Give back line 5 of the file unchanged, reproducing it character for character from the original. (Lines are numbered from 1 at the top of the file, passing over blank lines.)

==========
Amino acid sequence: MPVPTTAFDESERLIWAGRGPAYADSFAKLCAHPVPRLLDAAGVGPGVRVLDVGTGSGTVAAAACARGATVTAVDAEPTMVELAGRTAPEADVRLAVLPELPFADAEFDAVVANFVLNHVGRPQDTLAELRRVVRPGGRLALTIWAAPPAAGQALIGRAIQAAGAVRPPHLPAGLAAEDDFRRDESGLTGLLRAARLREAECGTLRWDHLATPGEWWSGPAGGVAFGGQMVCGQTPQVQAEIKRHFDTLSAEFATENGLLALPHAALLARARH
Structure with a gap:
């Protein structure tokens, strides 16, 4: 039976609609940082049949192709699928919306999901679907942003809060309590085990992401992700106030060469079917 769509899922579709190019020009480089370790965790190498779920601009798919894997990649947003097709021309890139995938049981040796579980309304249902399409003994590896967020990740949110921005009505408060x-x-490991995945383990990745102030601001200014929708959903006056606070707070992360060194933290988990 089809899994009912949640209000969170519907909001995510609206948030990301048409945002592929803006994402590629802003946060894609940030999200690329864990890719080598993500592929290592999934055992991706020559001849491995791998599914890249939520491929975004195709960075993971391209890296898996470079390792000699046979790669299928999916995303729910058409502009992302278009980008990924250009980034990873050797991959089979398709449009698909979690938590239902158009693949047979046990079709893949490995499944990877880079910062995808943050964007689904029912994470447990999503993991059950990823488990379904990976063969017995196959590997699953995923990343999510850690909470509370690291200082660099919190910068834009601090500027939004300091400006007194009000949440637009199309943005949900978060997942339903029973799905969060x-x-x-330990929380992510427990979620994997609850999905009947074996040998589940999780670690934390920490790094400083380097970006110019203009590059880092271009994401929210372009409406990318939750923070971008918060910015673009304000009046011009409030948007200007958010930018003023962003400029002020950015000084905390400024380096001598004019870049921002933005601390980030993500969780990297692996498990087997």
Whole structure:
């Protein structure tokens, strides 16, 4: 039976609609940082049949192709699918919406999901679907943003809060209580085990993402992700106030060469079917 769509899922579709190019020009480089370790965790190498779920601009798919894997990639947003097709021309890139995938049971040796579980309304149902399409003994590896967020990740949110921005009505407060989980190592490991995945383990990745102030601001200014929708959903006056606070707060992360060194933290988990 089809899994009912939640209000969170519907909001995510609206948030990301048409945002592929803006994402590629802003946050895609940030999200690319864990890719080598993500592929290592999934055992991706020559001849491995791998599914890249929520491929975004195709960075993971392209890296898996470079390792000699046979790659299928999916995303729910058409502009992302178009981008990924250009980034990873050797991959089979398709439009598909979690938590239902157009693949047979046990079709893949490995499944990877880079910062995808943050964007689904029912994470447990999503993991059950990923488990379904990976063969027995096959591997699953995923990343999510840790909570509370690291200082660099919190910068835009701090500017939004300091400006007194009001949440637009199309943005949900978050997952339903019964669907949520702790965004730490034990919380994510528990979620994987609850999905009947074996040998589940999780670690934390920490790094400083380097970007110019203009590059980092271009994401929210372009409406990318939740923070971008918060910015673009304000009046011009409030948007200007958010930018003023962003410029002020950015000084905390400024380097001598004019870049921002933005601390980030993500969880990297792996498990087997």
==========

């Protein structure tokens, strides 16, 4: 039976609609940082049949192709699918919406999901679907943003809060209580085990993402992700106030060469079917 769509899922579709190019020009480089370790965790190498779920601009798919894997990639947003097709021309890139995938049971040796579980309304149902399409003994590896967020990740949110921005009505407060989980190592490991995945383990990745102030601001200014929708959903006056606070707060992360060194933290988990 089809899994009912939640209000969170519907909001995510609206948030990301048409945002592929803006994402590629802003946050895609940030999200690319864990890719080598993500592929290592999934055992991706020559001849491995791998599914890249929520491929975004195709960075993971392209890296898996470079390792000699046979790659299928999916995303729910058409502009992302178009981008990924250009980034990873050797991959089979398709439009598909979690938590239902157009693949047979046990079709893949490995499944990877880079910062995808943050964007689904029912994470447990999503993991059950990923488990379904990976063969027995096959591997699953995923990343999510840790909570509370690291200082660099919190910068835009701090500017939004300091400006007194009001949440637009199309943005949900978050997952339903019964669907949520702790965004730490034990919380994510528990979620994987609850999905009947074996040998589940999780670690934390920490790094400083380097970007110019203009590059980092271009994401929210372009409406990318939740923070971008918060910015673009304000009046011009409030948007200007958010930018003023962003410029002020950015000084905390400024380097001598004019870049921002933005601390980030993500969880990297792996498990087997």